2015-02-03 11:35AVKNote Edited: 0032135bug_revision_view_page.php?bugnote_id=0032135#r12870
2015-02-03 11:51AVKNote Added: 0032136
2015-02-03 12:11MopsyNote Added: 0032137
2015-02-03 12:12MopsyNote Edited: 0032137bug_revision_view_page.php?bugnote_id=0032137#r12872
2015-02-03 12:22MopsyNote Edited: 0032137bug_revision_view_page.php?bugnote_id=0032137#r12873
2015-02-03 12:24MopsyNote Edited: 0032137bug_revision_view_page.php?bugnote_id=0032137#r12874
2015-02-04 04:57MopsyNote Edited: 0032137bug_revision_view_page.php?bugnote_id=0032137#r12875
2015-05-15 06:08AVKIssue Monitored: AVK
2016-03-07 07:31ButtonIssue Monitored: Button
2016-05-16 13:51Toady OneStatusconfirmed => resolved
2016-05-16 13:51Toady OneFixed in Version => Next Version
2016-05-16 13:51Toady OneResolutionopen => fixed
2016-05-16 13:51Toady OneAssigned ToFootkerchief => Toady One
2020-02-13 13:16ButtonIssue End Monitor: Button

Jiri Petru   
2010-04-07 14:25   
I thought it is intended... viewing the world from the perspective of a dwarf. :)
2010-04-07 14:29   
Creatures have a size variable in their raws. Depending on the number they get, they can either be described as gigantic, enormous, regular sized and other such adverbs. Can we get a confirmation that it is glitching ALL creatures to be described as larger than normal, or are you just getting a lucky streak?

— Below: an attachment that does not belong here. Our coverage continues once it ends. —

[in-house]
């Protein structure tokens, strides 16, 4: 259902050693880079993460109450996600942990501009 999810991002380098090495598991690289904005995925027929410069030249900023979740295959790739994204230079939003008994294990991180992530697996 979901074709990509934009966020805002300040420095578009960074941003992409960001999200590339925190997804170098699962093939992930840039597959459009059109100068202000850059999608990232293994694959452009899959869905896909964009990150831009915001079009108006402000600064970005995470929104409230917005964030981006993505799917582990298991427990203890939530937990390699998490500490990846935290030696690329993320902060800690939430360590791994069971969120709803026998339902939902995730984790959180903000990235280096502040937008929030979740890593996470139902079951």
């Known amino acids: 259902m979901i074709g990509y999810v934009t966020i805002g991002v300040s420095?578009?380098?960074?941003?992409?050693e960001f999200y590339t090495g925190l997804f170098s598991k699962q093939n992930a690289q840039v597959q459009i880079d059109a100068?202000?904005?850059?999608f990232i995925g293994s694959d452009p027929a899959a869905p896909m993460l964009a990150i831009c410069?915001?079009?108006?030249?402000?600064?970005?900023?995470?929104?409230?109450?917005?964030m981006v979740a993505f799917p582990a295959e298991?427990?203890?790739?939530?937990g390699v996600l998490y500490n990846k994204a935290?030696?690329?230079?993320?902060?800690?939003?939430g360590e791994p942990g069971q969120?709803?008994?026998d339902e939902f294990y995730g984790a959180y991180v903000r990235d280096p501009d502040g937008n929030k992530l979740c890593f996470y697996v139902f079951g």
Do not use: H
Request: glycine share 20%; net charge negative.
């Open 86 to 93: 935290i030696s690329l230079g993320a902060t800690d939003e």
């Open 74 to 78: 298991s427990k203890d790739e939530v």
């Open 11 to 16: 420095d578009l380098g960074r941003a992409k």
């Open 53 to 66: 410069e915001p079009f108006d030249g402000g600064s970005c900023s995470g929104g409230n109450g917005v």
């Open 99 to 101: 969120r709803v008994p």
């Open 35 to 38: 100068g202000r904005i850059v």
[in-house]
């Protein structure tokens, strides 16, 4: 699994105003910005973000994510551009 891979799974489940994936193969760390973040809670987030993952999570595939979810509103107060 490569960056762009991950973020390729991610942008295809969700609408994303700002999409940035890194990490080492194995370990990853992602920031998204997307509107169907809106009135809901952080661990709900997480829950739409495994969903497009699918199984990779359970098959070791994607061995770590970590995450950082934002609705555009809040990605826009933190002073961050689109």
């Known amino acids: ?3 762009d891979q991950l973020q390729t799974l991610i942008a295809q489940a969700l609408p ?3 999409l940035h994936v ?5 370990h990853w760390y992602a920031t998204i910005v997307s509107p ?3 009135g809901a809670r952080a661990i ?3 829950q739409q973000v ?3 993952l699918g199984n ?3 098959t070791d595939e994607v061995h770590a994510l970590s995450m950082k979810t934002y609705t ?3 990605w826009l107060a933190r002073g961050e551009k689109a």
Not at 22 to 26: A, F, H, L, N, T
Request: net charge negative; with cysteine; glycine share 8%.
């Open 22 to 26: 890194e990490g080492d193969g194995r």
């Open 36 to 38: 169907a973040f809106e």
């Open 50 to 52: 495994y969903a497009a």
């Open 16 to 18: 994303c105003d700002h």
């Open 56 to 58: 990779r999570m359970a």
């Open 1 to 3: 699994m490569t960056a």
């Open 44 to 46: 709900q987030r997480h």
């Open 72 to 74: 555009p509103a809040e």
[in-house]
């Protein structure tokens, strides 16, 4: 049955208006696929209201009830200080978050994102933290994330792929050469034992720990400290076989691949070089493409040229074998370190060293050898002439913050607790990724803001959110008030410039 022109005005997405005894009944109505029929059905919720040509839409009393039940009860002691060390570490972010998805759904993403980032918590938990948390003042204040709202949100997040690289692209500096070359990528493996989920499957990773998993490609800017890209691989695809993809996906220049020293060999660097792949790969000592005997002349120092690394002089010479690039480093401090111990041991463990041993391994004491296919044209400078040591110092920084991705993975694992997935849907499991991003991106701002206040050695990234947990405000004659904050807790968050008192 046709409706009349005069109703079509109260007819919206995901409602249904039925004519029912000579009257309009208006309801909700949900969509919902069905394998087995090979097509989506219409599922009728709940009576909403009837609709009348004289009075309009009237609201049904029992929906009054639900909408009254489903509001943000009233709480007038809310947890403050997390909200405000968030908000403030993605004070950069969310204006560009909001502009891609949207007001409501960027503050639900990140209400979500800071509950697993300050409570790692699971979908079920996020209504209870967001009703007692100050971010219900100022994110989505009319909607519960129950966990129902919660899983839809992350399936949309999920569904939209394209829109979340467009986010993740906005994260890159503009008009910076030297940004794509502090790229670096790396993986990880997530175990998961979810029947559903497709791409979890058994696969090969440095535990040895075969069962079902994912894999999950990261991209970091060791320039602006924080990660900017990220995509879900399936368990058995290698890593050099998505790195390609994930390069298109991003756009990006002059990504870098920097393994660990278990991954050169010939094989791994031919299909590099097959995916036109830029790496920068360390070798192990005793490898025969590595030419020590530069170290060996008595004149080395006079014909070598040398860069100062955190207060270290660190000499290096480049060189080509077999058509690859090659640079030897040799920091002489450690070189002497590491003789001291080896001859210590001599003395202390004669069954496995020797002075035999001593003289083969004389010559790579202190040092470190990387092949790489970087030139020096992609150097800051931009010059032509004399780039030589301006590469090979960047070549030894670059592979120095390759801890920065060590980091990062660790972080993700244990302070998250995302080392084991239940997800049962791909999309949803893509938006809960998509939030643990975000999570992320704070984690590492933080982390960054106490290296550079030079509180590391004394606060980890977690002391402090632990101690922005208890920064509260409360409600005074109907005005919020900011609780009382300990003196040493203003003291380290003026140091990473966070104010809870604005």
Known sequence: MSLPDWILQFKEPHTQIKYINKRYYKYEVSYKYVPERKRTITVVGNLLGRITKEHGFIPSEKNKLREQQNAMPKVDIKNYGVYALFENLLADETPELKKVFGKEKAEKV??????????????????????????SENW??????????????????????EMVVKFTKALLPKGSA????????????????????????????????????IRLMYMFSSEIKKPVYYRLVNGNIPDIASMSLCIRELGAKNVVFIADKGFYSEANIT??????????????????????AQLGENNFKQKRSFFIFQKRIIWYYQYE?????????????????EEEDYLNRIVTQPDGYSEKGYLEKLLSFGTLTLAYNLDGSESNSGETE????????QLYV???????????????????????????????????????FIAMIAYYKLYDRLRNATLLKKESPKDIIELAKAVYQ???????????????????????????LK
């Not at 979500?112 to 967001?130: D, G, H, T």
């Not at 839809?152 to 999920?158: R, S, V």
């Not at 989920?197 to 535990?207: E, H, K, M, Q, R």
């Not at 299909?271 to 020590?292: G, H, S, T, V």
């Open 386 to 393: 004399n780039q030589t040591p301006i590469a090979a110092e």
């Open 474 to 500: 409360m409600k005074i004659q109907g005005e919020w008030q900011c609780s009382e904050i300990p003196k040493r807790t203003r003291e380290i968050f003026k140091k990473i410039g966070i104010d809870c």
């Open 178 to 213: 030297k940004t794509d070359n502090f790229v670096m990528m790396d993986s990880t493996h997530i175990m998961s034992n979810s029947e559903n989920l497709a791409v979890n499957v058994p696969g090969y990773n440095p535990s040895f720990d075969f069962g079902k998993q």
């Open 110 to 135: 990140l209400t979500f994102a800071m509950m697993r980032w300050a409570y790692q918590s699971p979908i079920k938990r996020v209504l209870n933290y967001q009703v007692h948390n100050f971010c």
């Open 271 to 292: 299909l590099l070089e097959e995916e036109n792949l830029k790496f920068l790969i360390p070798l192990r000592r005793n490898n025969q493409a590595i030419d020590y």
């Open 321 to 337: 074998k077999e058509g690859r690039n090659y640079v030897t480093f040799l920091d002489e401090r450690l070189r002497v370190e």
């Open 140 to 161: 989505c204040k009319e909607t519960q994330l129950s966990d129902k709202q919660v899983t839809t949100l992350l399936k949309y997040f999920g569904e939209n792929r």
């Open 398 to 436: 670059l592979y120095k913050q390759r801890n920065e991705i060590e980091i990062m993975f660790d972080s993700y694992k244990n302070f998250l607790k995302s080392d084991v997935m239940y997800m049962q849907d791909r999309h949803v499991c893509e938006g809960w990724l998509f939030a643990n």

2010-04-07 15:29   
Qloos: as he said, it doesn't seem to affect humanoid creatures. Additionally, dogs are smaller than dwarves, so it can't be a perspective thing. I've personally observed this and a bunch of others have corroborated it.
2010-04-07 16:06   
I just did a study of 400 male dogs in the arena:

69 of them lacked any descriptors referring to size, fat or muscles.

97 of them were described as being 'Enormous' in some fashion. I didn't gather data on other descriptors, but I did notice they had a significantly higher occurrence of 'skinny' and 'weak' descriptors than the next group.

228 of them were described as being 'gigantic' in some form. They were generally fatter and stronger than the 'enormous' dogs, though there were some who were 'incredibly skinny' or 'very weak'